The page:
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Directions API

Directions API allows you to build a route from point A to point B.

Directions API supports the following types of routes:

  • an optimal car route considering current or statistical traffic conditions
  • a shortest possible car route without taking traffic conditions into account
  • a car route avoiding certain types of roads, like toll roads or dirt roads
  • a car route that includes public transport lanes (a taxi route)
  • a pedestrian route including crosswalks and avoiding obstacles
  • a bicycle route including pedestrian crossings and optionally avoiding stairways, overpasses, underpasses, and highways
  • a route with intermediate points (up to 10, including start and end point)

To build a route for a truck, use Truck Directions API.

<!DOCTYPE html>
<html lang="en">
    <head>
        <meta charset="UTF-8" />
        <meta name="viewport" content="width=device-width, initial-scale=1.0" />
        <title>2GIS Navi API</title>
        <meta name="description" content="Navi API directions example" />
        <style>
            html,
            body,
            #container {
                margin: 0;
                width: 100%;
                height: 100%;
                overflow: hidden;
            }
            #reset {
                padding: 4px 10px;
                background: #00a81f;
                border-radius: 4px;
                box-shadow: 0 1px 3px 0 rgba(38, 38, 38, 0.5);
                border: none;
                color: #fff;
                font-size: 13px;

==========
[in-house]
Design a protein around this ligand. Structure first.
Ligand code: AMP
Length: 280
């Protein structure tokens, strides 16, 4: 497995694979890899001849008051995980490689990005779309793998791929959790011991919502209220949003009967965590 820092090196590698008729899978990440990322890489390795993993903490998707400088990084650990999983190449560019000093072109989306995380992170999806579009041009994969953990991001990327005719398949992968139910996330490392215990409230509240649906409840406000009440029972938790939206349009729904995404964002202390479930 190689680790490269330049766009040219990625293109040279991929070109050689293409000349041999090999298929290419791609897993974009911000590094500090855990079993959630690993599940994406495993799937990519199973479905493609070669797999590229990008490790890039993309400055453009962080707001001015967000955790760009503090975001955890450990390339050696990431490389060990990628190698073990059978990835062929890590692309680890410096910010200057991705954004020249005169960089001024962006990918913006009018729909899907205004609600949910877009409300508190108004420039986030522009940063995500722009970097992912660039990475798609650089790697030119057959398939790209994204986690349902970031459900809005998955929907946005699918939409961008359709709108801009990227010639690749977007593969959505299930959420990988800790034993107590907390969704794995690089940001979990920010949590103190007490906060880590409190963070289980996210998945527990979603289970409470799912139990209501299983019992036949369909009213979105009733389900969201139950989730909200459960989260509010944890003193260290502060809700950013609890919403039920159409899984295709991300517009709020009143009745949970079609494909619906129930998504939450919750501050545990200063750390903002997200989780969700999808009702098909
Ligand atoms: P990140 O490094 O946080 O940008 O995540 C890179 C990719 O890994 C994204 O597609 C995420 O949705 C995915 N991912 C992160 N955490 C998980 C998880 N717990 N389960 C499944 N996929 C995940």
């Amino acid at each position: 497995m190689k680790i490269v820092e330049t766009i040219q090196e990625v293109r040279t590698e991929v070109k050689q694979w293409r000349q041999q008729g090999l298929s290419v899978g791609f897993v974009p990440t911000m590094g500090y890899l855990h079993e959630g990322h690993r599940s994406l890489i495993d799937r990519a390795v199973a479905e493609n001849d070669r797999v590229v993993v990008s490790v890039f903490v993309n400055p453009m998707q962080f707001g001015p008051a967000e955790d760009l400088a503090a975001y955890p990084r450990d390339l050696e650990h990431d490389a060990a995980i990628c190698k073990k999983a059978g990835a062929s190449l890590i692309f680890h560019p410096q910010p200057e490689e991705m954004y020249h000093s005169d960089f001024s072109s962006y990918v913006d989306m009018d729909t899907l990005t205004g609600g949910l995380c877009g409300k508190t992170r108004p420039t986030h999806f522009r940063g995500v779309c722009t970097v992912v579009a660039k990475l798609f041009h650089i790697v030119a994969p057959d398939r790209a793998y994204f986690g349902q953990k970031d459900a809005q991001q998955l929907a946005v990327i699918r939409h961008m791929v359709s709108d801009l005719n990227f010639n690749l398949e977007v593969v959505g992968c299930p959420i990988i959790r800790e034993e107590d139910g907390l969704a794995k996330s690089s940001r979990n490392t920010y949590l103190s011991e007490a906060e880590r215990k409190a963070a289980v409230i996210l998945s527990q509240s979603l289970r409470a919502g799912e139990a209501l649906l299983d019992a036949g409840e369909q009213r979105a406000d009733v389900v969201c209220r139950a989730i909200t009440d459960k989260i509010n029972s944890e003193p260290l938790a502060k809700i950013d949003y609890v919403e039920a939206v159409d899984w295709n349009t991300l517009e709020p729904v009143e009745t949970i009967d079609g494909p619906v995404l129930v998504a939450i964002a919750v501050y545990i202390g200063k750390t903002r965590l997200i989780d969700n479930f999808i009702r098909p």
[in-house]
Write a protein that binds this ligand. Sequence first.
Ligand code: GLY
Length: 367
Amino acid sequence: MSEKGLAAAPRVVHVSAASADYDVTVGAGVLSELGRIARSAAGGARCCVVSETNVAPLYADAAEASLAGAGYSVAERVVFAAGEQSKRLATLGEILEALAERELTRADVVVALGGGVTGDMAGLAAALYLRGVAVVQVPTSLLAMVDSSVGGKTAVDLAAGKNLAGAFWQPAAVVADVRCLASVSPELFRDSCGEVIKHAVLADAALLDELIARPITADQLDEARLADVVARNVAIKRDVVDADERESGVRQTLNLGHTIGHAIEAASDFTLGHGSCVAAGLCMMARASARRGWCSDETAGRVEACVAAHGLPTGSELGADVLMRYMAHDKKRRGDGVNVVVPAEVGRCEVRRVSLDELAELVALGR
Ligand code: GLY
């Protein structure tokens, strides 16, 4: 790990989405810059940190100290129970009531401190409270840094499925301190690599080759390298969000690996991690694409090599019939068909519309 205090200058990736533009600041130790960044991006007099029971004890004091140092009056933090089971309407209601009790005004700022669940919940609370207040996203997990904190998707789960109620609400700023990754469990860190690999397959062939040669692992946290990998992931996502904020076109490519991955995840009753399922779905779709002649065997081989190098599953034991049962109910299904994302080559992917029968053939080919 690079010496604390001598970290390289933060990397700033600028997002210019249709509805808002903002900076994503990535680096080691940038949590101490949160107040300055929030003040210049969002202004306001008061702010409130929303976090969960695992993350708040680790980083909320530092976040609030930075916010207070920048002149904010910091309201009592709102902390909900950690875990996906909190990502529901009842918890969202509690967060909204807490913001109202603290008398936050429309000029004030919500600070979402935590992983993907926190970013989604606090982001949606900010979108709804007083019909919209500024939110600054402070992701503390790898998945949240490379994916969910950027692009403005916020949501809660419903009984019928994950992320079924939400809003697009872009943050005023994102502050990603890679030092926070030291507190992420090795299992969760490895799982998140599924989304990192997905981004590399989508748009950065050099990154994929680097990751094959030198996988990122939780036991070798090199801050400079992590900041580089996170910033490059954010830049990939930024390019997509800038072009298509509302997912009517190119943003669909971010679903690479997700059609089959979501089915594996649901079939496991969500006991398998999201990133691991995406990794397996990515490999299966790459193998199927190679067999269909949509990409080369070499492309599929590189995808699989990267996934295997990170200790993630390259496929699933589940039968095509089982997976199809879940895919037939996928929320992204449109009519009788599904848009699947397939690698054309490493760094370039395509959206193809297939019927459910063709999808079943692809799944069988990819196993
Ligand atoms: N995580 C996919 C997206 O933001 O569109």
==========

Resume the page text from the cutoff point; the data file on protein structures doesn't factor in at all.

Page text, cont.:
cursor: pointer;
            }
            #reset:disabled {
                background: #f2f2f2;
                color: #6e6d6d;
                cursor: default;
            }
        </style>
    </head>
    <body>
        <div id="container"></div>
        <script src="https://mapgl.2gis.com/api/js/v1"></script>
        <script src="https://unpkg.com/@2gis/mapgl-directions@^2/dist/directions.js"></script>
        <script>
            const map = new mapgl.Map('container', {
                center: [55.31878, 25.23584],
                zoom: 13,
                key: 'Your API access key',
            });

            const directions = new mapgl.Directions(map, {
                // This key can be used for demo purpose only!
                // You can get your own key on http://partner.api.2gis.ru/
                directionsApiKey: 'Your directions API access key',
            });
            const markers = [];

            let firstPoint;
            let secondPoint;
            // A current selecting point
            let selecting = 'a';
            const buttonText = ['Choose two points on the map', 'Reset points'];

            const controlsHtml = `<button id="reset" disabled>${buttonText[0]}</button> `;
            new mapgl.Control(map, controlsHtml, {
                position: 'topLeft',
            });
            const resetButton = document.getElementById('reset');

            resetButton.addEventListener('click', function() {
                selecting = 'a';
                firstPoint = undefined;
                secondPoint = undefined;
                directions.clear();